The second of three defendants indicted after a 2009 home invasion in Chapel Hill was sentenced last week, after pleading guilty in November.
Travis Lankford, 24, of College Grove, was sentenced to a total of 17 years, of which he must serve 30 percent before he is eligible for parole. Thus, with nearly a year of pre-trial jail credit, Lankford could be out of prison in a little over five years.
Lankford pleaded guilty to three counts of especially aggravated burglary, aggravated robbery, robbery, criminal responsibility for aggravated assault, and assault.
Circuit Court Judge Robert Crigler applied sentencing guidelines that took into account Lankford's extensive history of misdemeanor convictions for such crimes as simple possession, theft, driving under the influence, public intoxication, and resisting or evading arrest.
Lankford's co-defendant, Michael Marlin, 23, of Chapel Hill, was found guilty in an October jury trial. Convicted on similar charges to Lankford, Marlin was sentenced to 20 years at 35 percent.
The third defendant, Laura Lankford, 20, is scheduled for trial later this month.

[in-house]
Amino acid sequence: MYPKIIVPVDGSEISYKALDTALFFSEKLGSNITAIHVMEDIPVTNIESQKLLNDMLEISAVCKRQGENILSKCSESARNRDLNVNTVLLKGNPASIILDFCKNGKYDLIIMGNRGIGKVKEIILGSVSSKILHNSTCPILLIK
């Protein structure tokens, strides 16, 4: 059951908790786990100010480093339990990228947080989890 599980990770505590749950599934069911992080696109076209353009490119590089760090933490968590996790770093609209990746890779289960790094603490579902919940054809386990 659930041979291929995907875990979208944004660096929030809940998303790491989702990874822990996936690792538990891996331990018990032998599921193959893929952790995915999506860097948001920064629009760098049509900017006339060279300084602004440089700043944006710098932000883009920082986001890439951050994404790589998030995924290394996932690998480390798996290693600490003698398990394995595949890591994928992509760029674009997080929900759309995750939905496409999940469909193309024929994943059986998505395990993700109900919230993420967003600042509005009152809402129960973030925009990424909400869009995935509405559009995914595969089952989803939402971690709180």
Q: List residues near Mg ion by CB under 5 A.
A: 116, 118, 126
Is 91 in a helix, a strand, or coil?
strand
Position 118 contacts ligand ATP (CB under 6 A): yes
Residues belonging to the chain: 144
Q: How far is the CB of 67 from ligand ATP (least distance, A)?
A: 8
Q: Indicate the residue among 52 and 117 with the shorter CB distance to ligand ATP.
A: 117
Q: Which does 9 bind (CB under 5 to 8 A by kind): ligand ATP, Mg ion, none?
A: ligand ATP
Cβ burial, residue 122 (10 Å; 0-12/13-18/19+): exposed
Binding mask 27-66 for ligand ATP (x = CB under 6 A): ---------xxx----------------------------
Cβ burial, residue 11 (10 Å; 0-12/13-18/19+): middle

At Marlin's trial, the jury heard testimony from the victims, Allen Butler and Leigh Ann Taylor, whose home on Creekview Road, near the Maury County line, was invaded on Dec. 13, 2009. Marlin and Travis Lankford went into the house, while Laura Lankford waited outside with the car.
Butler was beaten unconscious by Marlin, and spent 26 days at Vanderbilt Medical Center, 10 of those is a coma. Taylor was restrained by Travis Lankford, who prevented her from going to Butler's aid. Marlin searched the couple's bedroom and allegedly took lighters, knives and cash, while Travis Lankford made Taylor give him prescription medicines. Butler has short- and long-term memory loss, nerve damage in his right arm, and suffers from uncontrollable head movements. At the time of the trial, he was living with his brother in Nashville. Since then, according to the report in Marlin's file by Crystal Gray of the Board of Probation and Parole, Butler has been able to move back into his own home, with Taylor looking after him.
"He would not wish what he was going through on a dog," reported Gray, who noted that Butler had to rely on Taylor to brush his hair, shave him, and help with all his other daily needs.
According to public record, Marlin turned himself in on Dec. 17, but the Lankfords fled to Alabama. Travis Lankford was not returned to Marshall County until late January, after being arrested and charged with domestic assault in Gulf Shores, Ala.
Travis Lankford was represented by attorney Eric L. Davis of Franklin.